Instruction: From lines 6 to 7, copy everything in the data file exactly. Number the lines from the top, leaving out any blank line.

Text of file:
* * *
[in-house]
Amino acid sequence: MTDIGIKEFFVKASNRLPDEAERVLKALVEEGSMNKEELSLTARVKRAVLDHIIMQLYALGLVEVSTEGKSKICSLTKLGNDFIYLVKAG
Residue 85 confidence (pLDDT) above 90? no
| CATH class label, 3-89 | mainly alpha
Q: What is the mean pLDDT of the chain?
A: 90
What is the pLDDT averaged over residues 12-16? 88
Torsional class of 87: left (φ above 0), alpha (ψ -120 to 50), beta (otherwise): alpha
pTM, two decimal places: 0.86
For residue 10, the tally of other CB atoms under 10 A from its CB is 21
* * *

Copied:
A: 90
What is the pLDDT averaged over residues 12-16? 88